Description: Member centers of the Maine Coalition Against Sexual Assault (MECASA) offer school-based prevention education across a range of ages, from pre-school through college, which is designed to meet the Maine Department of Education’s Health Education Learning Results and to incorporate the related Sexual Assault Key Concepts. At the youngest grades, the age-appropriate material focuses on personal body safety, boundaries and healthy friendships. As students mature, they learn new skills such as standing up to bullying and recognizing and responding to sexual- and gender-based harassment online and offline. Older students learn about bystander engagement, critical analysis of media sources and their portrayal of violence, and how to understand and combat gender stereotypes and other cultural norms that support sexual violence and bias-based harassment. Prevention education is a crucial step toward improving school climate and student safety and respect, and is available at no cost to Maine schools through Maine’s sexual violence service providers. In the last five years, Maine’s sexual violence service providers have delivered over 10,500 education sessions to over 200,000 students across the state.
Target audience: All ages; programming focused on bullying, bias and gender stereotypes is typically targeted to middle and high school.
Time: Varies; programming is designed to fit into a typical class length, may be single or multiple sessions.
More information and booking: A complete list of MECASA’s member centers can be found online, or you may call the MECASA office to be connected to your nearest service provider at 207-626-0034.
Maine Suicide Prevention Trainings
Description: Multiple suicide prevention training programs are offered throughout Maine for various audiences. Selection includes gatekeeper training, Lifelines teacher training, training of trainers, middle schools lessons, and suicide assessment for clinicians. See the website for more information and booking details.
Maine Youth Action Network (MYAN)
MYAN's mission is to empower and prepare youth and adults to partner for positive change by offering them training, networking and leadership opportunities. The website includes resources for school staff and youth and trainings, including:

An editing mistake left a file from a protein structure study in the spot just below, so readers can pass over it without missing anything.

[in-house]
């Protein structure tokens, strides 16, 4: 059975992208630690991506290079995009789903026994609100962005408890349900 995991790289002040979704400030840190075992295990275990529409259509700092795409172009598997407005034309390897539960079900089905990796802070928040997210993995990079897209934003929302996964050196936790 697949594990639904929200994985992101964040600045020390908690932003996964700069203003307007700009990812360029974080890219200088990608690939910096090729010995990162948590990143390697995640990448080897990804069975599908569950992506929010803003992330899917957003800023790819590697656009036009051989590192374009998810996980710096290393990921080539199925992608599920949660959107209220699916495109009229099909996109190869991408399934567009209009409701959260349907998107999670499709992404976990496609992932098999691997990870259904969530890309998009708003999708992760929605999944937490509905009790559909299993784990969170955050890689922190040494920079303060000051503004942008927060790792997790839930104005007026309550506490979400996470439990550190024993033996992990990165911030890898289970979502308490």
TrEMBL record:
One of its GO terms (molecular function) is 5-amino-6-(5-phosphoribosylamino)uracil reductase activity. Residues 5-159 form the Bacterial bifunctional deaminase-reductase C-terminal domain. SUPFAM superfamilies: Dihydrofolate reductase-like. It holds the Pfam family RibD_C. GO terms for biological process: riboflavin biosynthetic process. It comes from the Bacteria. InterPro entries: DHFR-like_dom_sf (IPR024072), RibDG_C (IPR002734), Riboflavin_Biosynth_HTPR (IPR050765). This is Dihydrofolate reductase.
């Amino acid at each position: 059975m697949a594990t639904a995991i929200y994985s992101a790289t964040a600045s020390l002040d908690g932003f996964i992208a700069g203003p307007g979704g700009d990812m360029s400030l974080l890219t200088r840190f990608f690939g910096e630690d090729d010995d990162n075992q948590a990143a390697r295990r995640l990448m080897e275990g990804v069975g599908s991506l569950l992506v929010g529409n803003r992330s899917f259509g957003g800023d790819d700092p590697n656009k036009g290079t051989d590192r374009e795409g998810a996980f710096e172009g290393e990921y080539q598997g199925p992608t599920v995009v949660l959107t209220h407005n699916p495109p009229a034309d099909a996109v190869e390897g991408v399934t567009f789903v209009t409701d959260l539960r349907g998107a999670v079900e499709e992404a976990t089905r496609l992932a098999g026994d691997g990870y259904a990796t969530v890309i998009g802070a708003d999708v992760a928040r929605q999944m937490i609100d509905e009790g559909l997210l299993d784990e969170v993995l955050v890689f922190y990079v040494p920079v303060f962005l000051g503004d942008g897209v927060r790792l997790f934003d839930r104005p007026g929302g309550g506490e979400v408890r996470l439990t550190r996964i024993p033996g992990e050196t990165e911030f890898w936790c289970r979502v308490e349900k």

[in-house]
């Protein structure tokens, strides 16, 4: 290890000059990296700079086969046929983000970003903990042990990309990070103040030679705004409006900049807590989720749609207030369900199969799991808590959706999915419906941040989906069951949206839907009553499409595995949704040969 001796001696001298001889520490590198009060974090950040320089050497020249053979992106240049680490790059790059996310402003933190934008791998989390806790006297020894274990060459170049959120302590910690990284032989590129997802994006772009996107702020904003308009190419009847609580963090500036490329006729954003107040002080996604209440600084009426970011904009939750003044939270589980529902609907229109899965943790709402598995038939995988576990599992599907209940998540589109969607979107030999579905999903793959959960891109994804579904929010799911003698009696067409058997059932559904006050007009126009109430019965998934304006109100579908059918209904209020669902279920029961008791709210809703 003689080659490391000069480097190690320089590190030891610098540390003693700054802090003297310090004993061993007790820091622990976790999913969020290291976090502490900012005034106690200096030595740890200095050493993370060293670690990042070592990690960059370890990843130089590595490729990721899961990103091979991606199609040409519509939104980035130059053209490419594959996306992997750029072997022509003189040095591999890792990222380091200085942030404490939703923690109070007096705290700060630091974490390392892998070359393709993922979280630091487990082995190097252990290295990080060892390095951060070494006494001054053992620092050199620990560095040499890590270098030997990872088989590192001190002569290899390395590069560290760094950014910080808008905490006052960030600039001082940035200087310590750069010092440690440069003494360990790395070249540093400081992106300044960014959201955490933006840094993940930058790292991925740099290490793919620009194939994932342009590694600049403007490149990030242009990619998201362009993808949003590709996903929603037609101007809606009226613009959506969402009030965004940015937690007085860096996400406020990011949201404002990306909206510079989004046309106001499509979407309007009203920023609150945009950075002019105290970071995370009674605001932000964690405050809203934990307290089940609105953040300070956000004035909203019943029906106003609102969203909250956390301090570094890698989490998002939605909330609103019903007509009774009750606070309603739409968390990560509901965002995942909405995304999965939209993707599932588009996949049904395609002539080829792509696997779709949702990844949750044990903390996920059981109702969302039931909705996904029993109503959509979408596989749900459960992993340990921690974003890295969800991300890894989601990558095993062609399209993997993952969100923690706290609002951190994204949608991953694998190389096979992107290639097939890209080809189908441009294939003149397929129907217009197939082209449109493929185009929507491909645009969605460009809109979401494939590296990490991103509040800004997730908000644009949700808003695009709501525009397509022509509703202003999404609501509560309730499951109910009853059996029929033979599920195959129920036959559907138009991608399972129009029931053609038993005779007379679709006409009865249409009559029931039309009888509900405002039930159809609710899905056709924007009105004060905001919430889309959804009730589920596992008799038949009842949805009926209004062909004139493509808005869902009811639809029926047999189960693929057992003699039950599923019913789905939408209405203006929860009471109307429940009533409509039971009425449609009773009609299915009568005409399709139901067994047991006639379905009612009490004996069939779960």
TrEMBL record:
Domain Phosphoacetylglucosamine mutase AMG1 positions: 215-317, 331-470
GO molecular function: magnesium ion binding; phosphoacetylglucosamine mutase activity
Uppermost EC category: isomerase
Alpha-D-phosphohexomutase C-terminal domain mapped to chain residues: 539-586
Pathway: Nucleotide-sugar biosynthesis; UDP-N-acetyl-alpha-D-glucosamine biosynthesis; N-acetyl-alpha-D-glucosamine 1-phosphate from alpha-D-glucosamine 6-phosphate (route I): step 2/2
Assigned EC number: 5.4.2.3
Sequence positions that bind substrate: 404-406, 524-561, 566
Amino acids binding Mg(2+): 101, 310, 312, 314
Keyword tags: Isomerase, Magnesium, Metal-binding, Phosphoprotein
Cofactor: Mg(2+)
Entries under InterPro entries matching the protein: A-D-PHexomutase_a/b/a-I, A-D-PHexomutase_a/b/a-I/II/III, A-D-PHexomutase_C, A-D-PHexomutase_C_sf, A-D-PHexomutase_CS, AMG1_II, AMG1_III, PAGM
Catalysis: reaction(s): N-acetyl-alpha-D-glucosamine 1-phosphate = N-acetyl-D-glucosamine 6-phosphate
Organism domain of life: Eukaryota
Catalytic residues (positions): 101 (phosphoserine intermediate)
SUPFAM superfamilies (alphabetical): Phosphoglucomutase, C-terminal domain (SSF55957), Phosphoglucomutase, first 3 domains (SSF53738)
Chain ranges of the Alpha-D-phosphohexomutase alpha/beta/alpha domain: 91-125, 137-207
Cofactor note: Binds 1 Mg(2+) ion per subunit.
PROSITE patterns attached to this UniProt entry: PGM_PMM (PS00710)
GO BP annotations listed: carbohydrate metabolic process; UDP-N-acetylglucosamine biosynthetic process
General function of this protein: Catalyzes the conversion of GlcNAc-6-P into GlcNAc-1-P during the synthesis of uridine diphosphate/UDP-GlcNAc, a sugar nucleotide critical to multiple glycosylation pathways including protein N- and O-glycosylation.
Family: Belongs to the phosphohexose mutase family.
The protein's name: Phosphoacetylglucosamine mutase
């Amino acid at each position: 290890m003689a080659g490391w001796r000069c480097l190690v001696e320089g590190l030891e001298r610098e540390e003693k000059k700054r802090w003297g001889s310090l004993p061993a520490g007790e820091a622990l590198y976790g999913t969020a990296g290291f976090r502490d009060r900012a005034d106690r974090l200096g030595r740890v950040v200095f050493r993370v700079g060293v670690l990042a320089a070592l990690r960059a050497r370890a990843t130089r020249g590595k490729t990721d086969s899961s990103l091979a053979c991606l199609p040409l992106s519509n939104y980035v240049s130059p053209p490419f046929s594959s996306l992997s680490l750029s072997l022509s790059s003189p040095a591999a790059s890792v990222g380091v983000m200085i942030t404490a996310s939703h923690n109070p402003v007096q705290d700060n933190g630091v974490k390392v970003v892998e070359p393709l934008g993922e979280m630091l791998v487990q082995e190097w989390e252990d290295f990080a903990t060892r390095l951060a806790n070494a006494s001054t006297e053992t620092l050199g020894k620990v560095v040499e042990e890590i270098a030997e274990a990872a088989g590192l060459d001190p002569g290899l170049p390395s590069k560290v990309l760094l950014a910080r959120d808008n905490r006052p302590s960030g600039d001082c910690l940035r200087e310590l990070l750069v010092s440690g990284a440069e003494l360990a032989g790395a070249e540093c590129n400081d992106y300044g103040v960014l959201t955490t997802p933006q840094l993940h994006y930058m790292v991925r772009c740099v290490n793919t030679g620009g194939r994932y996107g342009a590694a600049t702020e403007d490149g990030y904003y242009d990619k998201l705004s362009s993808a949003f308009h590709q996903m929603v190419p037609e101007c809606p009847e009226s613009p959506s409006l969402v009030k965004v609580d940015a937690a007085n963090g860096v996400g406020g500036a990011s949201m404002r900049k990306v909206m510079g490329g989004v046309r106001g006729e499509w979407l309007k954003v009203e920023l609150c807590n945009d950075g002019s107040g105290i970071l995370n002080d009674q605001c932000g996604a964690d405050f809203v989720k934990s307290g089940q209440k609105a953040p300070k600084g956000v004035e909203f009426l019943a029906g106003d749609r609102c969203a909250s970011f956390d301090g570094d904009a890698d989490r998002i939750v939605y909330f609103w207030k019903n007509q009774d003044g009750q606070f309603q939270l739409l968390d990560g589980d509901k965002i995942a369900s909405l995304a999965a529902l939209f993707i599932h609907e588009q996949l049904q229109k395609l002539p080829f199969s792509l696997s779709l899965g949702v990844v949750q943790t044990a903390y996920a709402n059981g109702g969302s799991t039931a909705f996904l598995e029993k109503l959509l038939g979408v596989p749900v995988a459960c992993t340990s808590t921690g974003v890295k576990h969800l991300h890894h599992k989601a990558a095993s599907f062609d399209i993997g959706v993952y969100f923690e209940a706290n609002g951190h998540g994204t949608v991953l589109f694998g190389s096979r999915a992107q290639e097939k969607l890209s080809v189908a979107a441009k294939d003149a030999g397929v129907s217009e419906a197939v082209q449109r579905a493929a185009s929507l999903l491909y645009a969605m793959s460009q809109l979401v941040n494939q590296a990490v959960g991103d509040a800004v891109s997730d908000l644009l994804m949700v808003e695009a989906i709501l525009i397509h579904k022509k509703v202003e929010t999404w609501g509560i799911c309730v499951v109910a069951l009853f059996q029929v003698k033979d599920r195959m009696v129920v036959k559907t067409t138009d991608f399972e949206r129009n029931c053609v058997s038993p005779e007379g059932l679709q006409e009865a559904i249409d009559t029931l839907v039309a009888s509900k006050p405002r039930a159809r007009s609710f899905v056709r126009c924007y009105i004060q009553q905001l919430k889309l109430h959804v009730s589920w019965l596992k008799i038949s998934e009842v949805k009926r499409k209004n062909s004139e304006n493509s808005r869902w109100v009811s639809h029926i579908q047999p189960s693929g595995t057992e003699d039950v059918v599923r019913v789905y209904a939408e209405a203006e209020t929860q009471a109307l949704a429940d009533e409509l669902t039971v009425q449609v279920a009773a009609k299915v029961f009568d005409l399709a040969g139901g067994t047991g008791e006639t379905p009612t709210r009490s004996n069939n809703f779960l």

- Youth Leaders Alliance Training Program
- Youth Leadership and Youth Adult Partnership Training: Super Power Partners Training Program
Learn more about these two programs on the MYAN website.
Reducing Sexism and Violence and Bystander Intervention
Program 1 - Reducing Sexism and Violence Program (RSVP)
Description: RSVP is an intensive bystander intervention program that trains high school students as leaders in preventing sexual violence, dating abuse and harassment. The 28-hour program begins with a two-day retreat for 40 student leaders, followed by two days of train-the-trainer work at school. RSVP-trained students then form teams that conduct ongoing awareness activities and education in their schools.
Cost: Boys to Men provides RSVP programs free of cost to schools, subject to the availability of grant funds.
Target audience: High school boys and girls
Time: Four days (two-day, overnight retreat followed by two training days at school)
More information and registration: Maine Boys to Men website
Program 2 - Build It! Bystander Intervention for Middle School
Description: Build It! trains groups of 30 7th and 8th grade student leaders to prevent and reduce harassment, sexual harassment, sexual violence and dating abuse. Students learn the dynamics of abuse and effective and safe bystander intervention skills.
Cost: Contact Boys to Men for information about grant funding.
Target audience: 7th and 8th grade boys and girls.
Time: Two school days
More information and registration: Maine Boys to Men website
SEALS Fit Program
Description: SEALS-Fit, a youth leadership and anti-bullying program, is an intensive seven-week program led by retired Navy Seal Hans Ruediger with mentors from local, state and federal law enforcement agencies. Participants are challenged with demanding physical training and interpersonal skills development.
More information and registration: Read recent news online, and for more information, contact Lt. Janine Roberts at firstname.lastname@example.org or 207-874-8927.
Sexual and Cyber Harassment Prevention
Description: Sexual Assault Response Services of Southern Maine offers a number of trainings for educators of various grade levels on topics ranging from sexual assault prevention, personal body safety and cyber harassment prevention. Visit the website for more details.
Target audience: Educators and students
Cost: SARSSM Education Programs are free to schools and community groups in York and Cumberland County. The programs welcome honorariums.
Time: 60-90 minutes. All programs take place in the classroom.
Youth Leadership and Youth Adult Partnership Training: Super Power Partners Training Program
Description: An academic year-long Training Partnership, for 7th to 12th grade youth and adults who are a formed group and interested in making an impact in a specific topic area in their community. Groups selected will be given two to four on-site training opportunities throughout the year, and each training will be tailored to the groups’ individual development, topic area and the natural progression of their plan for action. These trainings may include youth leadership & engagement, advocacy skills to support policy and environmental change, action planning and team building/group development.
More information and sign-up: If you’re interested in participating, please fill out a survey on the website before Jan. 11, 2013. This is a free program. For more information, contact email@example.com.